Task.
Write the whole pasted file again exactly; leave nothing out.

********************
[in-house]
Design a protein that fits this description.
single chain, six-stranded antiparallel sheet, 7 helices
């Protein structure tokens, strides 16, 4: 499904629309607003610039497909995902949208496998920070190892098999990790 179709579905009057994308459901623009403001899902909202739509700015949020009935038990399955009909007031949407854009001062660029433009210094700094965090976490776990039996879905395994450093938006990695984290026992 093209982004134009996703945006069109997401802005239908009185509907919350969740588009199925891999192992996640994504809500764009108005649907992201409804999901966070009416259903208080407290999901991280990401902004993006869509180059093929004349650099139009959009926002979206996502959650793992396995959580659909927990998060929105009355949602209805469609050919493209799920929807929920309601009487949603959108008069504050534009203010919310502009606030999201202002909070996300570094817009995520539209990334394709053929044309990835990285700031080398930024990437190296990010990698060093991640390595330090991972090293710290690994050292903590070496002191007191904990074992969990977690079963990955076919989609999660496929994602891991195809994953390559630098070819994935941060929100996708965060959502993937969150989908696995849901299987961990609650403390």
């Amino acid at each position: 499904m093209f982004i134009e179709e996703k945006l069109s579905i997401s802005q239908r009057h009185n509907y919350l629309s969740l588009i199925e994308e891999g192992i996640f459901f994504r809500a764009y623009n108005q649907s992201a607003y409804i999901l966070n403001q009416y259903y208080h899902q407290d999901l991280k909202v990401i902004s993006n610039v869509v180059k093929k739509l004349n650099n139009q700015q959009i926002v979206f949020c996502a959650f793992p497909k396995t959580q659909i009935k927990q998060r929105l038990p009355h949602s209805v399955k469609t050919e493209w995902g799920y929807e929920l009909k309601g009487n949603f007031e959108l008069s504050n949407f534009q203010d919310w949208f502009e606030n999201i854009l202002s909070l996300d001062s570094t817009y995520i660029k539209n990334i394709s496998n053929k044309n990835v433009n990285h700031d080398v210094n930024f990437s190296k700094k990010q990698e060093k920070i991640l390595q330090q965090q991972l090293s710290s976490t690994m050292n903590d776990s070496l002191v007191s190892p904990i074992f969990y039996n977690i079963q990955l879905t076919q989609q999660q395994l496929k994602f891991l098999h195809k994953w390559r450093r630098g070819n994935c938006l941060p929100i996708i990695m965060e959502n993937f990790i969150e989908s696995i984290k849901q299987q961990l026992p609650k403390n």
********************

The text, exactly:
[in-house]
Design a protein that fits this description.
single chain, six-stranded antiparallel sheet, 7 helices
């Protein structure tokens, strides 16, 4: 499904629309607003610039497909995902949208496998920070190892098999990790 179709579905009057994308459901623009403001899902909202739509700015949020009935038990399955009909007031949407854009001062660029433009210094700094965090976490776990039996879905395994450093938006990695984290026992 093209982004134009996703945006069109997401802005239908009185509907919350969740588009199925891999192992996640994504809500764009108005649907992201409804999901966070009416259903208080407290999901991280990401902004993006869509180059093929004349650099139009959009926002979206996502959650793992396995959580659909927990998060929105009355949602209805469609050919493209799920929807929920309601009487949603959108008069504050534009203010919310502009606030999201202002909070996300570094817009995520539209990334394709053929044309990835990285700031080398930024990437190296990010990698060093991640390595330090991972090293710290690994050292903590070496002191007191904990074992969990977690079963990955076919989609999660496929994602891991195809994953390559630098070819994935941060929100996708965060959502993937969150989908696995849901299987961990609650403390």
């Amino acid at each position: 499904m093209f982004i134009e179709e996703k945006l069109s579905i997401s802005q239908r009057h009185n509907y919350l629309s969740l588009i199925e994308e891999g192992i996640f459901f994504r809500a764009y623009n108005q649907s992201a607003y409804i999901l966070n403001q009416y259903y208080h899902q407290d999901l991280k909202v990401i902004s993006n610039v869509v180059k093929k739509l004349n650099n139009q700015q959009i926002v979206f949020c996502a959650f793992p497909k396995t959580q659909i009935k927990q998060r929105l038990p009355h949602s209805v399955k469609t050919e493209w995902g799920y929807e929920l009909k309601g009487n949603f007031e959108l008069s504050n949407f534009q203010d919310w949208f502009e606030n999201i854009l202002s909070l996300d001062s570094t817009y995520i660029k539209n990334i394709s496998n053929k044309n990835v433009n990285h700031d080398v210094n930024f990437s190296k700094k990010q990698e060093k920070i991640l390595q330090q965090q991972l090293s710290s976490t690994m050292n903590d776990s070496l002191v007191s190892p904990i074992f969990y039996n977690i079963q990955l879905t076919q989609q999660q395994l496929k994602f891991l098999h195809k994953w390559r450093r630098g070819n994935c938006l941060p929100i996708i990695m965060e959502n993937f990790i969150e989908s696995i984290k849901q299987q961990l026992p609650k403390n």